The Essay Structure
The Essay’s INTRODUCTION
SOME RULES TO CONSIDER:
• Introduce the topic—grab the reader’s attention.
• Clearly state the thesis. (A thesis statement can be more than one sentence long.)
• Imply or declare the points to be made that will support this thesis.
• It is more important to be clear about what you wish to express, than to express in a way that initially sounds impressive.
• First impressions make lasting impressions.
• NEVER quote dictionaries or encyclopedias!
QUESTIONS TO ASK YOURSELF:
• What interests me about this topic?
• Do I have a quick anecdote to share, one that might serve as a transition into my thesis statement?
• How can I break that big point (thesis statement) into smaller parts (points and sub-points)?
• How do all my little points add up to one main idea (thesis statement)?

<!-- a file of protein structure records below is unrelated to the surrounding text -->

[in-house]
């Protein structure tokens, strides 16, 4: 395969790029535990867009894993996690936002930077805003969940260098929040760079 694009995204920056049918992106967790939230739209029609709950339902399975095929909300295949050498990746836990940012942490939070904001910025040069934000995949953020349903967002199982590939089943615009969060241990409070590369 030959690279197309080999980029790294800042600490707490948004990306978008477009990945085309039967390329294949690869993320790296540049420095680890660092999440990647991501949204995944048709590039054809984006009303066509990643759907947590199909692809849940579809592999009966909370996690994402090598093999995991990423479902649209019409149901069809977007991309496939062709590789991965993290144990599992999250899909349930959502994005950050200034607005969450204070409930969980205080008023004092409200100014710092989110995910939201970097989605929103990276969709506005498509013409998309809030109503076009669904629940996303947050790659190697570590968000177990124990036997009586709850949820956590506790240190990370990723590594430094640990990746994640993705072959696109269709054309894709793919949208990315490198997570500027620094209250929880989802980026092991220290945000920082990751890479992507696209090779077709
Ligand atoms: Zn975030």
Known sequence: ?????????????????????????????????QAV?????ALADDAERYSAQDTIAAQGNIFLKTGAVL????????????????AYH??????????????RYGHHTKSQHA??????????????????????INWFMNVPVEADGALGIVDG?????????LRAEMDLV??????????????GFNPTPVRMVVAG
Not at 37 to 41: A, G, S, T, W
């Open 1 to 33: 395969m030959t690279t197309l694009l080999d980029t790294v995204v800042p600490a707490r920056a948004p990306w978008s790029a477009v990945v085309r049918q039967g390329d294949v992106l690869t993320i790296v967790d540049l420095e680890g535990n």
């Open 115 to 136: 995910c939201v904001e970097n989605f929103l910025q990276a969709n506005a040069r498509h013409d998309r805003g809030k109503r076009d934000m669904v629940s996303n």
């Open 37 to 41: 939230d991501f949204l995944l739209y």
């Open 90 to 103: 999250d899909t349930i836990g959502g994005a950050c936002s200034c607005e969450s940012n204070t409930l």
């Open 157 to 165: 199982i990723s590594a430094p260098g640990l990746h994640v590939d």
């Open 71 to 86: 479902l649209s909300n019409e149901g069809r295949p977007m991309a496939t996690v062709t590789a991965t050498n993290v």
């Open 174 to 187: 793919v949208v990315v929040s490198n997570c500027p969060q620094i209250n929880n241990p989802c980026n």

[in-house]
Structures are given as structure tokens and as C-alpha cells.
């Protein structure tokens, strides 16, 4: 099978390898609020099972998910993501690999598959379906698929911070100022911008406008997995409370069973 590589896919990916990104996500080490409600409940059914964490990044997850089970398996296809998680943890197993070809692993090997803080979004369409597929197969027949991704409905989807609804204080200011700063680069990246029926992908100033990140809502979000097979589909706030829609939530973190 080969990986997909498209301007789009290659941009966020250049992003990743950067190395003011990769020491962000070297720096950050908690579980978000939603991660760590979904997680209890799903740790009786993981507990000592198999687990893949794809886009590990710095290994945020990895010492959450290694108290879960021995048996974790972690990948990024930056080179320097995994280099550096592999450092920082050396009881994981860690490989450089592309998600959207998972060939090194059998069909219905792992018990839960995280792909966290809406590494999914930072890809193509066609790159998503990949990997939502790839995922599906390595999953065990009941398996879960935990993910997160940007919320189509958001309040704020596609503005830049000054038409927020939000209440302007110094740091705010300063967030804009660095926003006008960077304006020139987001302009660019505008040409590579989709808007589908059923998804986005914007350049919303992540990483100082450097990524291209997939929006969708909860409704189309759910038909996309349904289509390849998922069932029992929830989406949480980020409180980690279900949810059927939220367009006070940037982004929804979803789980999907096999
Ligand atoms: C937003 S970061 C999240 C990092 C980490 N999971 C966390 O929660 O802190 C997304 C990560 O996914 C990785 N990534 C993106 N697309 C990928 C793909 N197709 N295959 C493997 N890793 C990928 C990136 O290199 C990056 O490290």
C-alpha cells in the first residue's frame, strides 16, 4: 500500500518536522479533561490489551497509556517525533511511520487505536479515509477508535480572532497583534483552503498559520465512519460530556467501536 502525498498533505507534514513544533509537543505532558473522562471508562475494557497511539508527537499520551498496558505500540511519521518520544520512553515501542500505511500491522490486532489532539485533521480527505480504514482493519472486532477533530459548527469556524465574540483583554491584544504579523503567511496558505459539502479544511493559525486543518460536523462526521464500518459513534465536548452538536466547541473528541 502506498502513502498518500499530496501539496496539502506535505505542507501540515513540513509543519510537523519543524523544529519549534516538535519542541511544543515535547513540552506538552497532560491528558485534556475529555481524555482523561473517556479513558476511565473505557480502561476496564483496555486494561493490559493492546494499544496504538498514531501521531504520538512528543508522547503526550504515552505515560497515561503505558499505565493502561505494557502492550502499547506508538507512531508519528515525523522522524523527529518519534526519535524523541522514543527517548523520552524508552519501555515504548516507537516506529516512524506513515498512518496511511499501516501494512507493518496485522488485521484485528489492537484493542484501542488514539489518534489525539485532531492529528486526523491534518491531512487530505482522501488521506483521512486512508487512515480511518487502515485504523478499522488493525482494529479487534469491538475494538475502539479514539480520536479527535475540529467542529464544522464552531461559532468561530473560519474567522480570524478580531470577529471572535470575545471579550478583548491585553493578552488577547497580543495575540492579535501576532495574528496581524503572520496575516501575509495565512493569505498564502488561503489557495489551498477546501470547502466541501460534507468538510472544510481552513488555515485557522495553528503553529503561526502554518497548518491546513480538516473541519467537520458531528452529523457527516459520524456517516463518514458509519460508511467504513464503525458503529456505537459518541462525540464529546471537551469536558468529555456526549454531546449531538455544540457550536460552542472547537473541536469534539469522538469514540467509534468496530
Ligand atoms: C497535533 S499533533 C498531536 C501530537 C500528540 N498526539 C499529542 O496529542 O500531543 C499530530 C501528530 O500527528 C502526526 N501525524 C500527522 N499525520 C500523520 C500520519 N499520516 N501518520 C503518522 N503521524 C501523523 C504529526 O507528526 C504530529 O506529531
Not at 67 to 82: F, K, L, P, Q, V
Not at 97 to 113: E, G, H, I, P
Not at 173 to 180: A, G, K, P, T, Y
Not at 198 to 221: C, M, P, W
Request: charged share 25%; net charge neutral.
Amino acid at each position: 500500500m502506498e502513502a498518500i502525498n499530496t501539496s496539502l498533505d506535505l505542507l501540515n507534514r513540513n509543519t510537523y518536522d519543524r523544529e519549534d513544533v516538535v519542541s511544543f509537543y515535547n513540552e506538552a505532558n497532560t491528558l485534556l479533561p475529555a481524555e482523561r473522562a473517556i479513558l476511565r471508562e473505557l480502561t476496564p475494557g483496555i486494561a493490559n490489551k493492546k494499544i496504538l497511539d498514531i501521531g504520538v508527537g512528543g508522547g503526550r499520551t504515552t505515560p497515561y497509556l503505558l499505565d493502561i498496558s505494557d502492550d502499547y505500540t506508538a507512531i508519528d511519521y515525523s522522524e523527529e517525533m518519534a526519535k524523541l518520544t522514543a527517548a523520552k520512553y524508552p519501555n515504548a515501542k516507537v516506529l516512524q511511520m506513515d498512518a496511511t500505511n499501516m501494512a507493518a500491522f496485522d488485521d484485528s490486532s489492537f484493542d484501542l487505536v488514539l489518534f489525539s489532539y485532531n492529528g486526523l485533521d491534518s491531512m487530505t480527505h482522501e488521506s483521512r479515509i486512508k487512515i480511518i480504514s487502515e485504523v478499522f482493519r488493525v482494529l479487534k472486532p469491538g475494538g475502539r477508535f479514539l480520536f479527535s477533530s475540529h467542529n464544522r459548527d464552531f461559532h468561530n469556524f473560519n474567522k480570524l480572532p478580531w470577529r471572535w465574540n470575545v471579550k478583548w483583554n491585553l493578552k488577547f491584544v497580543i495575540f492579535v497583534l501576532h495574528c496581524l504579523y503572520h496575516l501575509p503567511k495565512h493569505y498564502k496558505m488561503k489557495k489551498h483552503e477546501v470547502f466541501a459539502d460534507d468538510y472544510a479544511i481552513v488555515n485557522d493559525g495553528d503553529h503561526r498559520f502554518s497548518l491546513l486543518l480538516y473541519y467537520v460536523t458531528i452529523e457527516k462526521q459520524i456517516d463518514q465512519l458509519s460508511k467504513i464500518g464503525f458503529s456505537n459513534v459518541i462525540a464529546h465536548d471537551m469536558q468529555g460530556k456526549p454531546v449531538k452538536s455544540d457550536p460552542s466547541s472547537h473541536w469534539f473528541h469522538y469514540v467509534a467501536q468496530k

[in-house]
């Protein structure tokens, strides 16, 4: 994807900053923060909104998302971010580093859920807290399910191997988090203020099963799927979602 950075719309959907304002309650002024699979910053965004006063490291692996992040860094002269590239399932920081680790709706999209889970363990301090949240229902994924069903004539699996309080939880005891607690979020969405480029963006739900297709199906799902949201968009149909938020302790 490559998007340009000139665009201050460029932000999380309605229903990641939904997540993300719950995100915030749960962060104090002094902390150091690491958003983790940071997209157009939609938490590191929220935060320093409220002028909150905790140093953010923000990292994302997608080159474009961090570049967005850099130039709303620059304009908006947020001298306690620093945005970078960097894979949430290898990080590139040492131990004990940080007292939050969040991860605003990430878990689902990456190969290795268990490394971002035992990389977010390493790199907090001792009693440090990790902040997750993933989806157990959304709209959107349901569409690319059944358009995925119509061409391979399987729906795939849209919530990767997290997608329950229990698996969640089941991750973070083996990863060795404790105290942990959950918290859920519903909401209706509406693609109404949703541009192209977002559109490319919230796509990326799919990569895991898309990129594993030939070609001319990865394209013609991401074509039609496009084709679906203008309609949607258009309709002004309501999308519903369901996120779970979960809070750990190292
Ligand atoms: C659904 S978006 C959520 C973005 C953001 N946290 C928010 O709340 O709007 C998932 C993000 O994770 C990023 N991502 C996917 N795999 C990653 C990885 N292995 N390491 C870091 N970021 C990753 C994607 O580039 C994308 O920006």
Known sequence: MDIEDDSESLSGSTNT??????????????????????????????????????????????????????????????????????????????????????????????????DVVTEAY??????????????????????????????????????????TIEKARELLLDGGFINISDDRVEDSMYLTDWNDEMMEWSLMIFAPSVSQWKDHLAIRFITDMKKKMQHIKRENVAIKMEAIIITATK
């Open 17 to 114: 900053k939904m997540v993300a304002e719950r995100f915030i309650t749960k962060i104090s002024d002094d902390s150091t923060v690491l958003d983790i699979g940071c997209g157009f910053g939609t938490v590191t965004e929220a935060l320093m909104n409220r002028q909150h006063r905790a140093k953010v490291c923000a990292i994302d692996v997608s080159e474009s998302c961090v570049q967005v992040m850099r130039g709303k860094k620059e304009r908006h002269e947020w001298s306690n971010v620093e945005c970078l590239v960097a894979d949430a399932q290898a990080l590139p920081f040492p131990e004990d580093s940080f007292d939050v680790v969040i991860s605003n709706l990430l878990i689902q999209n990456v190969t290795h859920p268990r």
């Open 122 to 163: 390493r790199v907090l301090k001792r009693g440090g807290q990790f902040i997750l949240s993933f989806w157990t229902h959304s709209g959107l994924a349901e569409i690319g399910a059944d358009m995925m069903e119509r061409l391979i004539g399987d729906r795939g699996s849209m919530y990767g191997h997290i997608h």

• Why should this topic and/or my ideas/arguments/opinions/etc. be of interest to the reader?
• You might quote something that is relavent to your paper.
• You might consider your introduction to be a “map” of the essay’s body.
• There is nothing wrong with writing a draft of the introduction, to get you started on the essay’s body, and then polishing the introduction later.
• There is nothing wrong with writing and polishing the body of the essay first, and then writing the introduction last.
The Essay’s BODY
• Be conscious of the rhetorical patterns you use, or should use.
• Remember to exploit various rhetorical patterns to make your points and sub-points clear.
• A sub-point provides an example or further proof of a point.
• One point or sub-point for each body paragraph
• Any number of points and sub-points for an essay
• See the video for further illustration.
The Essay’s CONCLUSION
There are many types of conclusions; see the video for a discussion of each of these types:
• Summary (Type #1)
• A tie to a larger context, to the world beyond the essay (Type #2)
• A call to action for the reader (Type #3)
• A concluding point (final point), to which all prior points add up